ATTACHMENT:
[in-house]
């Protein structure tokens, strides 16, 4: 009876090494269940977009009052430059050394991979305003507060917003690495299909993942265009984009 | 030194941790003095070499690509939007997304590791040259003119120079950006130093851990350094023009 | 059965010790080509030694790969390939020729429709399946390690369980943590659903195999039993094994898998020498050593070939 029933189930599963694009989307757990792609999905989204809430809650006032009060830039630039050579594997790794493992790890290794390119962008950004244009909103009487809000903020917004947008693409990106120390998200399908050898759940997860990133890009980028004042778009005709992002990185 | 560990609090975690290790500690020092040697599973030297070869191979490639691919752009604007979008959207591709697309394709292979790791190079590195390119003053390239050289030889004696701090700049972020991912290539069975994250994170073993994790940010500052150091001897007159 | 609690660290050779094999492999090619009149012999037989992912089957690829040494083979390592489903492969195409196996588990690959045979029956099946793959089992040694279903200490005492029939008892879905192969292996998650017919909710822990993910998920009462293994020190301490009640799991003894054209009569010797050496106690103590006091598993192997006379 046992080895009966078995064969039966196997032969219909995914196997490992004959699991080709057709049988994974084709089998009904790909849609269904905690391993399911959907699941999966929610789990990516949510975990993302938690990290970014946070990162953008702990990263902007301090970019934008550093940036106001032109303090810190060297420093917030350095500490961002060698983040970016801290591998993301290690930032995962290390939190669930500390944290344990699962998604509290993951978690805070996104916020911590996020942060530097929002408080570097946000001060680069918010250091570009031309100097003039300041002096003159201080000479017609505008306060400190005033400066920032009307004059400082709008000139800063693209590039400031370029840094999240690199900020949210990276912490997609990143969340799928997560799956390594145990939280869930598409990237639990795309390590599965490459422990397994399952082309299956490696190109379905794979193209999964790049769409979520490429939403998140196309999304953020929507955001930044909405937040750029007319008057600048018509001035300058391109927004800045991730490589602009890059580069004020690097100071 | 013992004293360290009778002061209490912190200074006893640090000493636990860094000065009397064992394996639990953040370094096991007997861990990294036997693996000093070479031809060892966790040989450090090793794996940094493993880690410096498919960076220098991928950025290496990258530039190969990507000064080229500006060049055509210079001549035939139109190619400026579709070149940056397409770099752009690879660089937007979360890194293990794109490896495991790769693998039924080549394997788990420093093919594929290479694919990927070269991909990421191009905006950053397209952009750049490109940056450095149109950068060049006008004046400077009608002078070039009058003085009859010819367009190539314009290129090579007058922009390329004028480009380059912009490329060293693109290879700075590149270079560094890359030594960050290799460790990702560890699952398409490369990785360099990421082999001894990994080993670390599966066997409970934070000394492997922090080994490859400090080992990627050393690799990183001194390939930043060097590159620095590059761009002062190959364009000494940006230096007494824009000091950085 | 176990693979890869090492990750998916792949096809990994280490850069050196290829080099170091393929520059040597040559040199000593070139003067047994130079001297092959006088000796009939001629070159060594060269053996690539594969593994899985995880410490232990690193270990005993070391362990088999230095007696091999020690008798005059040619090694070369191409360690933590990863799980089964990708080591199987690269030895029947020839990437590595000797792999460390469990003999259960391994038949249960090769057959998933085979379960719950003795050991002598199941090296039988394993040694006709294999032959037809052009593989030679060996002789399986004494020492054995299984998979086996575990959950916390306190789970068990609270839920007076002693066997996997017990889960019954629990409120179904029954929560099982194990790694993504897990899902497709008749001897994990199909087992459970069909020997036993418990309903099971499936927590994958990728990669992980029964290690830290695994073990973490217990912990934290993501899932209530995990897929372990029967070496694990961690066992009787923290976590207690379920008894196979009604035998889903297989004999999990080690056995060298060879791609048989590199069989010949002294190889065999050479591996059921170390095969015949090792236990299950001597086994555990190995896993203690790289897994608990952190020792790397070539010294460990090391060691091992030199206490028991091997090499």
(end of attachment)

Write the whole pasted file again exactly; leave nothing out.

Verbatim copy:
[in-house]
């Protein structure tokens, strides 16, 4: 009876090494269940977009009052430059050394991979305003507060917003690495299909993942265009984009 | 030194941790003095070499690509939007997304590791040259003119120079950006130093851990350094023009 | 059965010790080509030694790969390939020729429709399946390690369980943590659903195999039993094994898998020498050593070939 029933189930599963694009989307757990792609999905989204809430809650006032009060830039630039050579594997790794493992790890290794390119962008950004244009909103009487809000903020917004947008693409990106120390998200399908050898759940997860990133890009980028004042778009005709992002990185 | 560990609090975690290790500690020092040697599973030297070869191979490639691919752009604007979008959207591709697309394709292979790791190079590195390119003053390239050289030889004696701090700049972020991912290539069975994250994170073993994790940010500052150091001897007159 | 609690660290050779094999492999090619009149012999037989992912089957690829040494083979390592489903492969195409196996588990690959045979029956099946793959089992040694279903200490005492029939008892879905192969292996998650017919909710822990993910998920009462293994020190301490009640799991003894054209009569010797050496106690103590006091598993192997006379 046992080895009966078995064969039966196997032969219909995914196997490992004959699991080709057709049988994974084709089998009904790909849609269904905690391993399911959907699941999966929610789990990516949510975990993302938690990290970014946070990162953008702990990263902007301090970019934008550093940036106001032109303090810190060297420093917030350095500490961002060698983040970016801290591998993301290690930032995962290390939190669930500390944290344990699962998604509290993951978690805070996104916020911590996020942060530097929002408080570097946000001060680069918010250091570009031309100097003039300041002096003159201080000479017609505008306060400190005033400066920032009307004059400082709008000139800063693209590039400031370029840094999240690199900020949210990276912490997609990143969340799928997560799956390594145990939280869930598409990237639990795309390590599965490459422990397994399952082309299956490696190109379905794979193209999964790049769409979520490429939403998140196309999304953020929507955001930044909405937040750029007319008057600048018509001035300058391109927004800045991730490589602009890059580069004020690097100071 | 013992004293360290009778002061209490912190200074006893640090000493636990860094000065009397064992394996639990953040370094096991007997861990990294036997693996000093070479031809060892966790040989450090090793794996940094493993880690410096498919960076220098991928950025290496990258530039190969990507000064080229500006060049055509210079001549035939139109190619400026579709070149940056397409770099752009690879660089937007979360890194293990794109490896495991790769693998039924080549394997788990420093093919594929290479694919990927070269991909990421191009905006950053397209952009750049490109940056450095149109950068060049006008004046400077009608002078070039009058003085009859010819367009190539314009290129090579007058922009390329004028480009380059912009490329060293693109290879700075590149270079560094890359030594960050290799460790990702560890699952398409490369990785360099990421082999001894990994080993670390599966066997409970934070000394492997922090080994490859400090080992990627050393690799990183001194390939930043060097590159620095590059761009002062190959364009000494940006230096007494824009000091950085 | 176990693979890869090492990750998916792949096809990994280490850069050196290829080099170091393929520059040597040559040199000593070139003067047994130079001297092959006088000796009939001629070159060594060269053996690539594969593994899985995880410490232990690193270990005993070391362990088999230095007696091999020690008798005059040619090694070369191409360690933590990863799980089964990708080591199987690269030895029947020839990437590595000797792999460390469990003999259960391994038949249960090769057959998933085979379960719950003795050991002598199941090296039988394993040694006709294999032959037809052009593989030679060996002789399986004494020492054995299984998979086996575990959950916390306190789970068990609270839920007076002693066997996997017990889960019954629990409120179904029954929560099982194990790694993504897990899902497709008749001897994990199909087992459970069909020997036993418990309903099971499936927590994958990728990669992980029964290690830290695994073990973490217990912990934290993501899932209530995990897929372990029967070496694990961690066992009787923290976590207690379920008894196979009604035998889903297989004999999990080690056995060298060879791609048989590199069989010949002294190889065999050479591996059921170390095969015949090792236990299950001597086994555990190995896993203690790289897994608990952190020792790397070539010294460990090391060691091992030199206490028991091997090499």